Cash flow banking is a method of marketing that focuses on capturing the ebb and flow of cash in your business. This is an alternative take on traditional marketing methods that focus on using paid advertising campaigns to drive traffic to one particular page (usually the sales page).
The idea behind Cash Flow Banking is that there are always customers present, but that the number of customers present at any given time is constantly fluctuating, based on how often that customer visits your website or calls into your business.
Cash Flow Banking works by using advertising campaigns scheduled to coincide with these fluctuations in order to help build awareness and trust in your brand, which you can then leverage later when it is their time to purchase.
Advertising during a lull or drought is a more effective form of marketing because you are not fighting against the flurry of activity from other marketers trying to get their product in front of your target market, and therefore more likely to receive a higher return on investment (ROI) from your advertising spend.
This can be very difficult to understand unless it is seen in practice, but once you have a better understanding of flow and ebb of your customers visit frequency, the marketing techniques become much clearer.
Why Cash Flow Banking?
There are a number of reasons why Cash Flow Banking is an attractive option for companies that are looking to excel online:
- It is extremely cost effective when compared to traditional marketing methods
- It can be much easier to create a successful campaign, because you are only trying to attract people during their purchasing window rather than attempting to attract both leads and customers at the same time.
- It is far more flexible when it comes to being able to target different types of customer.
- You can use your advertising budget to create brand awareness rather than direct sales which means you are building up a solid reputation for future sales.
- You can track your ROI on a much more granular level, as you are able to break down the activity by campaign and set up specific goals for each.
What Do I Need to Get Started?
In order to start Cash Flow Banking you need:
- To understand your customer’s purchasing behaviour (the frequency and type of customer)
- To have a clear idea of what you want to advertise when a customer is in a buying mood. This can be a product, service or information related to your industry.
- An active and engaging social media presence which will make people aware that your business exists, and give them an opportunity to learn more.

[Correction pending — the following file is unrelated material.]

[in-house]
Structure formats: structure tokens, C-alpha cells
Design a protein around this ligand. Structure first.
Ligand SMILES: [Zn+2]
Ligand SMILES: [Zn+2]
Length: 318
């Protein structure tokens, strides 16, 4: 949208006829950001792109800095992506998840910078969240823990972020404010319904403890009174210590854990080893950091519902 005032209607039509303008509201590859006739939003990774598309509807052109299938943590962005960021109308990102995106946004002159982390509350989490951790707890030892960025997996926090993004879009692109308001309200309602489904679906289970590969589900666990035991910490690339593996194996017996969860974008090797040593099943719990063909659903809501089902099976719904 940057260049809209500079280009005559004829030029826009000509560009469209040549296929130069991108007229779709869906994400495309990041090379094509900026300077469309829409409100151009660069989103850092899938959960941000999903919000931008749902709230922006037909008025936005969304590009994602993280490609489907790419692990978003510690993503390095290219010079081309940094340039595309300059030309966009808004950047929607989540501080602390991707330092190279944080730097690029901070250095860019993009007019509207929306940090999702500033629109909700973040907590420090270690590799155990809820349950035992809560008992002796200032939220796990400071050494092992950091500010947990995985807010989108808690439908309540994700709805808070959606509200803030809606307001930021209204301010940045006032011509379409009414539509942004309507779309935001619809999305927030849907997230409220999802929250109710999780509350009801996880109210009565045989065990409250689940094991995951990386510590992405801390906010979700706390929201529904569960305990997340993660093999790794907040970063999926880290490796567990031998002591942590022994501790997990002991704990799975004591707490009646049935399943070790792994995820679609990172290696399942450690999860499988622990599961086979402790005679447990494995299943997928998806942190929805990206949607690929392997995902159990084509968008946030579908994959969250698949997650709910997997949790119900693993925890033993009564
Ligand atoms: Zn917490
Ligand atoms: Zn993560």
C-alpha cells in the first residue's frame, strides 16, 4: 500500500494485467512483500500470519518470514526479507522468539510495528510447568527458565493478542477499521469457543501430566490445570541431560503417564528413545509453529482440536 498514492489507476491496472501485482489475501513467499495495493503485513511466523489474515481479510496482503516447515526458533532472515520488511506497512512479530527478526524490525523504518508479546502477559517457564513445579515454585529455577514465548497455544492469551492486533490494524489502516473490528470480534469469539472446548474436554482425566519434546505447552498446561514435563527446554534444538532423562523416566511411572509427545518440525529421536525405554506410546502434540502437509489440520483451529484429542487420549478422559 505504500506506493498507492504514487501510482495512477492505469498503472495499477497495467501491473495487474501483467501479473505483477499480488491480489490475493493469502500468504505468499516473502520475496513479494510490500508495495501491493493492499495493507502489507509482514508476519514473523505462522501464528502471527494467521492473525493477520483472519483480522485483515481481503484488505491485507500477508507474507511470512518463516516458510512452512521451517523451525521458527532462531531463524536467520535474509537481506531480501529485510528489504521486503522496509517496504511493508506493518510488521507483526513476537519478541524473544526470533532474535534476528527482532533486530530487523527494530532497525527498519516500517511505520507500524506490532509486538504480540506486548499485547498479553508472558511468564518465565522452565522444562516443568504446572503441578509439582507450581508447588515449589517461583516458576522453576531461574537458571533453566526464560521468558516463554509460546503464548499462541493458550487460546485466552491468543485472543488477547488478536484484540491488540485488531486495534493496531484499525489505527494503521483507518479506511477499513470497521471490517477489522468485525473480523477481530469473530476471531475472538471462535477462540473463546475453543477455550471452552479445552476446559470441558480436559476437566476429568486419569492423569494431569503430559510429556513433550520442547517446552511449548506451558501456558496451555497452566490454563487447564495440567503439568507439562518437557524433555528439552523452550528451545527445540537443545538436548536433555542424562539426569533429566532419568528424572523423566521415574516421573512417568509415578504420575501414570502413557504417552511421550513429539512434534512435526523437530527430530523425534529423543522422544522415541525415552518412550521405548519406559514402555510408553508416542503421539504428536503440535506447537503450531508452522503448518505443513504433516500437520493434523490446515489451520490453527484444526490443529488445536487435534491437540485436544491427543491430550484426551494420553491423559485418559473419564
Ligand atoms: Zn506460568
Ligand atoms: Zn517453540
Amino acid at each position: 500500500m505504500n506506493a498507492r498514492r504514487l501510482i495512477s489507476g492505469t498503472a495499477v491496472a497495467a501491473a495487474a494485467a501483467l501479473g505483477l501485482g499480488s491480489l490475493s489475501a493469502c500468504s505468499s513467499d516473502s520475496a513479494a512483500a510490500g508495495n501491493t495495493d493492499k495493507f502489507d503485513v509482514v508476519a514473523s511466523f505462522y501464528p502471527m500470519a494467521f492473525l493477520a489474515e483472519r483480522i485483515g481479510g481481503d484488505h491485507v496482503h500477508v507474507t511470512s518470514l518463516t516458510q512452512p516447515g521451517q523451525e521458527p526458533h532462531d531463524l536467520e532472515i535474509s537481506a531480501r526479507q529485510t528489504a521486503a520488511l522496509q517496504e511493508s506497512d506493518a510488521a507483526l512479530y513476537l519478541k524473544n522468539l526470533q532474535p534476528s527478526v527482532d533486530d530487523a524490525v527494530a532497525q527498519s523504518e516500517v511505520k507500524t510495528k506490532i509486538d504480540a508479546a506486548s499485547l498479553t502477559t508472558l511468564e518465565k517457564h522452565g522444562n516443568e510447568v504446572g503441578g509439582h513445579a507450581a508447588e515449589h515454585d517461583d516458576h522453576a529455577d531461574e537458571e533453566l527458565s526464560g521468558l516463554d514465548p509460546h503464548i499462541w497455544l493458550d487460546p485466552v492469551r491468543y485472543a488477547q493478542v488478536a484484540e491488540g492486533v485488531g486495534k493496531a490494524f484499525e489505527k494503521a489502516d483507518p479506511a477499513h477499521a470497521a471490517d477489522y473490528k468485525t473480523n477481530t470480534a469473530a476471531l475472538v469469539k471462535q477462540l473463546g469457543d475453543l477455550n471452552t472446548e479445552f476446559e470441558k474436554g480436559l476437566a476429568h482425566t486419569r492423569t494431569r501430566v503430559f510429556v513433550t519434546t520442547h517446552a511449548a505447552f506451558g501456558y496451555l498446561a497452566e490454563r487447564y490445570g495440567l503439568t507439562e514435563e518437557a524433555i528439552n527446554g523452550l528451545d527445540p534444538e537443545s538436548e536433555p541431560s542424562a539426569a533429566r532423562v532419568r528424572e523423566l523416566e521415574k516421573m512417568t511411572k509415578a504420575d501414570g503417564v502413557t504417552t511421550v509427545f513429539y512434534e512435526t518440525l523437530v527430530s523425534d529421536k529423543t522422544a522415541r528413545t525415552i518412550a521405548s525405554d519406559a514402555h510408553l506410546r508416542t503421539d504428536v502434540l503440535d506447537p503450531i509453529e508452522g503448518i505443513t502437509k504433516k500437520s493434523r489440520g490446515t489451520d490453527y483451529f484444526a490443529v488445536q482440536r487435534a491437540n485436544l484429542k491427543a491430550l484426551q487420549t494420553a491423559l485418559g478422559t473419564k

- A domain name and web presence of some kind so you can pitch yourself as an authority on your topic.
- Some flexibility to adjust your advertising strategy if it is not performing as expected (and a willingness to try new things)
How Do I Set It Up?
The first part of Cash Flow Banking is understanding how customers flow between different stages of awareness. This can be broken down into six simple phases:
- The customer knows nothing about you, your business or what you offer
- The customer is learning about your company and industry but nothing more. This could mean watching a video on YouTube, reading an article online or listening to a Podcast.
- The customer is becoming more familiar with you and your business, but has not yet reached the point of qualifying whether or not they need what you offer. This could be generating awareness of your brand through social media, Google Adwords or traditional advertising outlets.
- The customer is beginning to identify some problems that could be solved by using your service or buying your product. This could be a sudden increase in visits to your website from Google, enquiries to your phone number, or an increase in people “liking” you on a social media site.
- The customer is starting to consider acquiring the necessary skills or knowledge that they will need before committing to a purchase, and therefore is beginning to research the topic in more detail.
- The customer has decided to buy what you offer, and is taking action. They may be starting the checkout process on your website, or making a phone call in order to secure an appointment. This can also include people signing up for trial versions of products or services that you provide, or becoming qualified leads through paid advertising methods.
The next step is to map out the different stages that customers pass through when they are moving closer towards making a purchase, and where necessary consider creating separate campaigns for each of these stages. An example might be social media posts targeted at people who are aware of your business but not yet familiar with it, and posts with information that is more relevant to lead generation.